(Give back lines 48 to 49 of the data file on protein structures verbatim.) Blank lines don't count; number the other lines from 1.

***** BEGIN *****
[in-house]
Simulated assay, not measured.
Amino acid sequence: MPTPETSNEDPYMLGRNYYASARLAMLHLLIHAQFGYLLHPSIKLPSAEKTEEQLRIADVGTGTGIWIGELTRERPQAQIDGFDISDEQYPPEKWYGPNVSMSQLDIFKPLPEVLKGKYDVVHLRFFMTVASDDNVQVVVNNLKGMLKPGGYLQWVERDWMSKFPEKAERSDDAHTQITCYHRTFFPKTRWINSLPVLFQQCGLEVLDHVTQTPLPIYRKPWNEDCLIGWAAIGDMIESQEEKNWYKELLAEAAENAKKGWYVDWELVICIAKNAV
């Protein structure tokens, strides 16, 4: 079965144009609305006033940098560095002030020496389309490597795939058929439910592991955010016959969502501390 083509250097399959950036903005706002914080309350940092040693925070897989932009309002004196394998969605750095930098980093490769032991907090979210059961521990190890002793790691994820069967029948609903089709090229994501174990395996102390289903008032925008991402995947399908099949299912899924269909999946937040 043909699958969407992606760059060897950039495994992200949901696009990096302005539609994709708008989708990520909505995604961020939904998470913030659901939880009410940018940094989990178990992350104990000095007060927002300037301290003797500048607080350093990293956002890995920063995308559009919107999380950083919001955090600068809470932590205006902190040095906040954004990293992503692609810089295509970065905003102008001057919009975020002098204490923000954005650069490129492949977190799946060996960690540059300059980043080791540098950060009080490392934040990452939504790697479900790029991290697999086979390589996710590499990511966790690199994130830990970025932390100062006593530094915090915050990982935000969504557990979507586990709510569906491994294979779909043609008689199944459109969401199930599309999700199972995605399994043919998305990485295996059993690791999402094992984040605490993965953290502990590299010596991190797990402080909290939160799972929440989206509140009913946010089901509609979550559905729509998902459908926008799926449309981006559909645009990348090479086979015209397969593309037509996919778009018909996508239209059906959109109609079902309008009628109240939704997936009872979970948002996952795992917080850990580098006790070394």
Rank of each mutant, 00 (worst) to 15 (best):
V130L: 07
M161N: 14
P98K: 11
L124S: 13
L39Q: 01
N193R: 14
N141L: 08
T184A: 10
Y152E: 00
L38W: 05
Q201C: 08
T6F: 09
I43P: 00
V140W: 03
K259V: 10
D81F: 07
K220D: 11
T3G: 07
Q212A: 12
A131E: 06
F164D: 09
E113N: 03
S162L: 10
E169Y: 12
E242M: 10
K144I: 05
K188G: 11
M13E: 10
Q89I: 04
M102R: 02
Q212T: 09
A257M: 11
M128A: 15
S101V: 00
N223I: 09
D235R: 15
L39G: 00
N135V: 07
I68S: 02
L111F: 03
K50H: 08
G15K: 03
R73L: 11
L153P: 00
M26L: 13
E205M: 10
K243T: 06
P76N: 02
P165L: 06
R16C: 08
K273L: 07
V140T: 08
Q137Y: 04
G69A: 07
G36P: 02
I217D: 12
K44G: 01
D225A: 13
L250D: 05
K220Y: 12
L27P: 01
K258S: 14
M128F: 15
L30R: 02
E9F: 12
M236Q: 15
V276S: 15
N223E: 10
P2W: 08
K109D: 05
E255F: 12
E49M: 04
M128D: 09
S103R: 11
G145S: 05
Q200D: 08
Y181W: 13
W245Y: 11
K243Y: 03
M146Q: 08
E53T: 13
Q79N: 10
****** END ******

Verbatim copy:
R73L: 11
L153P: 00